So what if it’s the White River; is there anyone who really cares?

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RBC I Whose water flows in the White River, and who cares?
The answer to the first question is complicated. The answer to the second question is everyone in the Southwest United States.
The Colorado River is used by millions, within and outside its natural basin, for agriculture, household use, industry and recreation.
Along its river banks and all of its tributary streams, the water serves the natural environment. Water from the Colorado River drainage is diverted out of its basin to the eastern side of the Continental Divide for use in Colorado, to California, where agriculture in the Imperial Valley and the metropolis of Los Angeles depend on it, and to Arizona, where it goes all the way to Tucson.
Who cares? You might. The White River is a major tributary to the Colorado River and this fact connects us to every other user of the river.
The connections must be considered in a historical light.
Maj. John Wesley Powell, the famous explorer, scientist and the first through the Grand Canyon, made some profound observations about the West. Most important, for the long-term sustainability of the region, water is the key ingredient. Water is so important that he suggested state’s boundaries be based on river basins. Like many scientists, he was ignored, and he foretold a future of conflict and litigation. So far he’s been right. Water is the major limiting factor in the West, and there has been considerable conflict.
One famous conflict in Colorado came after settlers in Greeley begun depending on irrigating from the Poudre River. Later, some new upstarts, upstream in Fort Collins, dried up the river with their diversions. Eventually, this led to the “prior appropriation doctrine,” which gives the priority for water use to the first person who diverted it—when there’s not enough to go around. The date of first use, amount of use and type of use is the foundation of a prior appropriation water right.
Legal battles over water rights, particularly for diversions that take water across the continental divide, are stuff of legend for water nerds.
In the past, these disputes were mostly between those using water within a specific river basin when new water rights or diversions were proposed. People in the White and Yampa rivers mostly watched from the bleachers regarding diversions in other basins and vice versa.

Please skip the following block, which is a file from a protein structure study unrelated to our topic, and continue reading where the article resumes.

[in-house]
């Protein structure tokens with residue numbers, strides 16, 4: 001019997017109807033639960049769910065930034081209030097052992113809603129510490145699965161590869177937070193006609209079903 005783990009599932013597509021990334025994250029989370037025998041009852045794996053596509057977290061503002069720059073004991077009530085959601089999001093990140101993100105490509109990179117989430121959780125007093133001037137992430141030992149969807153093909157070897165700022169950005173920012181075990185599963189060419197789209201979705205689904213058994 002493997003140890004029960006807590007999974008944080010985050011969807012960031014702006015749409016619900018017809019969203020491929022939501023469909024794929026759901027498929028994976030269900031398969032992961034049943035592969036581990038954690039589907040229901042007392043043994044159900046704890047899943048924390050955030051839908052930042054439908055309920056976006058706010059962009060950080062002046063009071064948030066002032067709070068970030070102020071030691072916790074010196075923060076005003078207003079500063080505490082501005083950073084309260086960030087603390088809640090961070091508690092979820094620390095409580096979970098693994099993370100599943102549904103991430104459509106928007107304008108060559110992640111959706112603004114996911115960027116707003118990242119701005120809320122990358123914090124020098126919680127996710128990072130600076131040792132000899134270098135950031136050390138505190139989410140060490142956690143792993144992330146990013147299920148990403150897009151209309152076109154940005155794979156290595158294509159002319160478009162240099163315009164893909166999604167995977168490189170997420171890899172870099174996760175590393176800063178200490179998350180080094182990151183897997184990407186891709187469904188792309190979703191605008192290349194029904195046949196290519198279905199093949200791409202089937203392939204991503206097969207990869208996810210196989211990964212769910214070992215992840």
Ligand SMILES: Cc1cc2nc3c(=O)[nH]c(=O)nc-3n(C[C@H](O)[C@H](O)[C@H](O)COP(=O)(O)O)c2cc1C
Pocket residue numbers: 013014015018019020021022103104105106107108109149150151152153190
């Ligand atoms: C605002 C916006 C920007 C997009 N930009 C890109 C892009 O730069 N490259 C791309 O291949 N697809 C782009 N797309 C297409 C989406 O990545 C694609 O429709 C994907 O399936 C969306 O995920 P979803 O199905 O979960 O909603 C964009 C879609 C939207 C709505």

That is now changing as the total amount of water use in the Colorado River system may exceed supply, particularly during droughts and demands continue to increase.
Delph Carpenter, a lawyer and rancher from Greeley and prior appropriation’s architect, recognized a potential problem in the early 1920s.
The Supreme Court of the United States had applied prior appropriation to Western rivers flowing between states, and California was developing faster than Colorado. Under the prior appropriation doctrine of “first in time first in right” California might claim most of the Colorado River’s flow, limiting use upstream—in Colorado.
Ironically Carpenter, one of the champions of the doctrine, looked for a way to limit its use, and the Colorado River Compact was born. It split up water between the states based upon an apportionment (a defined amount), not the date of use, protecting an amount for future uses in Colorado. Colorado has never decided how to split up that compact amount between the Colorado Rivers tributaries.
This leads us to one of today’s conflicts, framed by two ideas, those of prior appropriation and apportionment, and the State of Colorado has used both.
The Yampa/White/Green Basin Roundtable is advocating for an amount of water, an apportionment, to protect existing uses and allow for some future uses here. This is equitable because we use comparatively little, a small percentage of our native flow, compared to other basins.
Some, on rivers that have more use and developed sooner, prefer a prior appropriation approach to governing among all tributaries to the Colorado River. However, it seems odd that a state that negotiated a compact apportionment, conceived to avoid having its future dimmed by prior appropriation, would use the prior appropriation to leave some of its river basins in the very position the state sought to avoid. It could leave the region with no future use of its own water, and even in the position of paying for its existing use. Stay tuned.
Through Colorado’s water planning process, the Yampa/White/Green Basin Roundtable has offered a plan that protects all water users on our river and offers an olive branch of sorts.
This vision includes protecting local water for agriculture, the environment and recreation, commerce, drinking and bathing. It offers collaboration with others in the state by suggesting we might consume less of our natural flow than other basins do, thus providing some relief for basins with over-used rivers. After all, East Slope communities long ago used all of their local rivers, sometimes drying them up, and now divert water from the Colorado River basin as well. The state water plan calls for collaboration, not litigation. Please stay tuned.
I told you the answer to the first question was complicated. I wonder if Maj. John Wesley Powell is laughing or crying.

Kevin McBride P.E., is a hydrologist, member of the Yampa-White-Green Basins Round Table and General Manager of the Upper Yampa Water Conservancy District. The District owns and operates Stagecoach and Yamcolo reservoirs on the Yampa River.